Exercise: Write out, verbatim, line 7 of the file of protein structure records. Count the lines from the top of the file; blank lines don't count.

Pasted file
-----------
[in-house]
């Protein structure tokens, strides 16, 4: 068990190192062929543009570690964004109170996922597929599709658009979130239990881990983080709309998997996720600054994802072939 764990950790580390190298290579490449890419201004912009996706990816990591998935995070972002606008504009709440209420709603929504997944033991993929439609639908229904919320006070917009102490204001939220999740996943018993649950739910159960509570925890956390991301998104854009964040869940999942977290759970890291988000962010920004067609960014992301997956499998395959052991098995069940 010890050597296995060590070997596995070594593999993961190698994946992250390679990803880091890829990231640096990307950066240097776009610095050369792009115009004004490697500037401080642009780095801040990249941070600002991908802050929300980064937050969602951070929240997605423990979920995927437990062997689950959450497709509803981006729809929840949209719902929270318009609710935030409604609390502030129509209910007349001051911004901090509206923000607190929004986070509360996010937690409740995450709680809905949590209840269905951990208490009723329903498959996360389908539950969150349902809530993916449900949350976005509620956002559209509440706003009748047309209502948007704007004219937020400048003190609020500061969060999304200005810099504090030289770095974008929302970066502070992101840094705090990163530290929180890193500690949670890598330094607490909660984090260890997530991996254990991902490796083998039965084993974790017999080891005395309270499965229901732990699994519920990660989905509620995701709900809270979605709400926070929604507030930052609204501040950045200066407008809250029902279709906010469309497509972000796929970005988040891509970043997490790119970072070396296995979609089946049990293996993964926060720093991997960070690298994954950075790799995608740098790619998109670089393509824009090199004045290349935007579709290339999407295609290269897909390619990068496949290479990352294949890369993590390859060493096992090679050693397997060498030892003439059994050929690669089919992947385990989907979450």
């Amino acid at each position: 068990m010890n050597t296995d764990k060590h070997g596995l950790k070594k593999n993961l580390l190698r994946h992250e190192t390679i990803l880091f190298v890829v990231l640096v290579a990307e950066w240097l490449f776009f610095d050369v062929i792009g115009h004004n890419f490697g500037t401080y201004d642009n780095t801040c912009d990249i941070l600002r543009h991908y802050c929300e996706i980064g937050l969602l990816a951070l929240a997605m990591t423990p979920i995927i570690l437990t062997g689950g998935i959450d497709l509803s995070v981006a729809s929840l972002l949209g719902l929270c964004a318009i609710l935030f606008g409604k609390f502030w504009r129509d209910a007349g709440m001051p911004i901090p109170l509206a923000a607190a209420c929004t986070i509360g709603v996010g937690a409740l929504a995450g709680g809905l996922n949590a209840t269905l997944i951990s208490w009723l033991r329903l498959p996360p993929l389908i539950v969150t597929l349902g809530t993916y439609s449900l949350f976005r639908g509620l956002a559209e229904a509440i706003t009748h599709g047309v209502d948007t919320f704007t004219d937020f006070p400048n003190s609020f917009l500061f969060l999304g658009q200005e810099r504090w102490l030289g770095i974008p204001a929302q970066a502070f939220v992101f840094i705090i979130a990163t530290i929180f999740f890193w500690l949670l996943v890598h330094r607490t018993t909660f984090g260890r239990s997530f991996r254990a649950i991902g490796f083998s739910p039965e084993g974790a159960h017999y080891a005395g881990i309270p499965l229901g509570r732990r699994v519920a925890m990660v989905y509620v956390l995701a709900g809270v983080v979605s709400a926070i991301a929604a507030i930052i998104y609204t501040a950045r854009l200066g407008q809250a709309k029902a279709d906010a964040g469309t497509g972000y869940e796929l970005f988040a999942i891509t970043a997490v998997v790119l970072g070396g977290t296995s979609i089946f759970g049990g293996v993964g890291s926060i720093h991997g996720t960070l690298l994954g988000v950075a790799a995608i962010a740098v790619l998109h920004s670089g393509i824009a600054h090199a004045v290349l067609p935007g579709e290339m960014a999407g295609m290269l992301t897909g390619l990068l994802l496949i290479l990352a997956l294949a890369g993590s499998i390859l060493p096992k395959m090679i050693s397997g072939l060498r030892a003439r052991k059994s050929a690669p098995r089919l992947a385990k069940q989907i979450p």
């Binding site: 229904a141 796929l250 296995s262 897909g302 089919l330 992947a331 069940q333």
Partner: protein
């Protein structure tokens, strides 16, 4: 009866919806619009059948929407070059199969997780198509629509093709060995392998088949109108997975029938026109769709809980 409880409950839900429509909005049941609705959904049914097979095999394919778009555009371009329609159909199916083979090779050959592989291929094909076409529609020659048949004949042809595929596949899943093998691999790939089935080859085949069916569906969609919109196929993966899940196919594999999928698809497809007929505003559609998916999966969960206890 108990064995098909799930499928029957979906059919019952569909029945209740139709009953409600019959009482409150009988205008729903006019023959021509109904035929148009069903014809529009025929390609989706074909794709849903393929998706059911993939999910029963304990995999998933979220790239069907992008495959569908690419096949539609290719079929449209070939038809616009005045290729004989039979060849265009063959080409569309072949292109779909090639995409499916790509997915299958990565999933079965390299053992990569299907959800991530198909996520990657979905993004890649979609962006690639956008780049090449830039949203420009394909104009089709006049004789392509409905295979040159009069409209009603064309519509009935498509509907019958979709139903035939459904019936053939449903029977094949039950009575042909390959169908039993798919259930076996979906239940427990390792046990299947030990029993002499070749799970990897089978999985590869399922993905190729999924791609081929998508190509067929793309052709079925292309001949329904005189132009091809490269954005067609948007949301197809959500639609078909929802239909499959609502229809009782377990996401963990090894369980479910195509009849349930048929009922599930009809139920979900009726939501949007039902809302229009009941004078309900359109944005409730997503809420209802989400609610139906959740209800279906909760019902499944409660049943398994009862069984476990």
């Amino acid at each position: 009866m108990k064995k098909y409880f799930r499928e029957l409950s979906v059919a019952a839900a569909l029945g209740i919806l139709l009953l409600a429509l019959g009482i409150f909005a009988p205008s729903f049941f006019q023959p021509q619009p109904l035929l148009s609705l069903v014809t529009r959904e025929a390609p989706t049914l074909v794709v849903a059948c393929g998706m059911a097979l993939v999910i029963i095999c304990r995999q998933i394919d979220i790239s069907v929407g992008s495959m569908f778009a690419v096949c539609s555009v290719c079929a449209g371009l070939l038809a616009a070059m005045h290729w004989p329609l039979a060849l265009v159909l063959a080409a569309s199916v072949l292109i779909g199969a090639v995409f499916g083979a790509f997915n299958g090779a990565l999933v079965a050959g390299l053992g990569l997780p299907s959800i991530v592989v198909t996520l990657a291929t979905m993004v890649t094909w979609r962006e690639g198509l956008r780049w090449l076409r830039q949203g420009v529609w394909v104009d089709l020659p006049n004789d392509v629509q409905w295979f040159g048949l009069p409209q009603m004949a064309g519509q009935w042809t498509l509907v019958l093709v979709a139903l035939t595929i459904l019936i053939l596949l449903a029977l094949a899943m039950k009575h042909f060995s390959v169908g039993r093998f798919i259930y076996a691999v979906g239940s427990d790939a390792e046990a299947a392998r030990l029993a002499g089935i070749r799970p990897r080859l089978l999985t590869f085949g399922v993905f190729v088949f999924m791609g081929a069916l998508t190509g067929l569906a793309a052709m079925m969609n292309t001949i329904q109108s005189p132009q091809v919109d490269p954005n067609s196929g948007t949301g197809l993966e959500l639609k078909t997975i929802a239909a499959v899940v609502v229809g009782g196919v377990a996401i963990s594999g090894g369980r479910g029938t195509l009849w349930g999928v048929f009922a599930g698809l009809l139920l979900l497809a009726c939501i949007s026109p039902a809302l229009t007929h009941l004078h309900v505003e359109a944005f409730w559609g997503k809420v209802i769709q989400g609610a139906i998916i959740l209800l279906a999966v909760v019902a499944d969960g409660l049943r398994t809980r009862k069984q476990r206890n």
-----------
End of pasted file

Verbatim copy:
């Amino acid at each position: 009866m108990k064995k098909y409880f799930r499928e029957l409950s979906v059919a019952a839900a569909l029945g209740i919806l139709l009953l409600a429509l019959g009482i409150f909005a009988p205008s729903f049941f006019q023959p021509q619009p109904l035929l148009s609705l069903v014809t529009r959904e025929a390609p989706t049914l074909v794709v849903a059948c393929g998706m059911a097979l993939v999910i029963i095999c304990r995999q998933i394919d979220i790239s069907v929407g992008s495959m569908f778009a690419v096949c539609s555009v290719c079929a449209g371009l070939l038809a616009a070059m005045h290729w004989p329609l039979a060849l265009v159909l063959a080409a569309s199916v072949l292109i779909g199969a090639v995409f499916g083979a790509f997915n299958g090779a990565l999933v079965a050959g390299l053992g990569l997780p299907s959800i991530v592989v198909t996520l990657a291929t979905m993004v890649t094909w979609r962006e690639g198509l956008r780049w090449l076409r830039q949203g420009v529609w394909v104009d089709l020659p006049n004789d392509v629509q409905w295979f040159g048949l009069p409209q009603m004949a064309g519509q009935w042809t498509l509907v019958l093709v979709a139903l035939t595929i459904l019936i053939l596949l449903a029977l094949a899943m039950k009575h042909f060995s390959v169908g039993r093998f798919i259930y076996a691999v979906g239940s427990d790939a390792e046990a299947a392998r030990l029993a002499g089935i070749r799970p990897r080859l089978l999985t590869f085949g399922v993905f190729v088949f999924m791609g081929a069916l998508t190509g067929l569906a793309a052709m079925m969609n292309t001949i329904q109108s005189p132009q091809v919109d490269p954005n067609s196929g948007t949301g197809l993966e959500l639609k078909t997975i929802a239909a499959v899940v609502v229809g009782g196919v377990a996401i963990s594999g090894g369980r479910g029938t195509l009849w349930g999928v048929f009922a599930g698809l009809l139920l979900l497809a009726c939501i949007s026109p039902a809302l229009t007929h009941l004078h309900v505003e359109a944005f409730w559609g997503k809420v209802i769709q989400g609610a139906i998916i959740l209800l279906a999966v909760v019902a499944d969960g409660l049943r398994t809980r009862k069984q476990r206890n």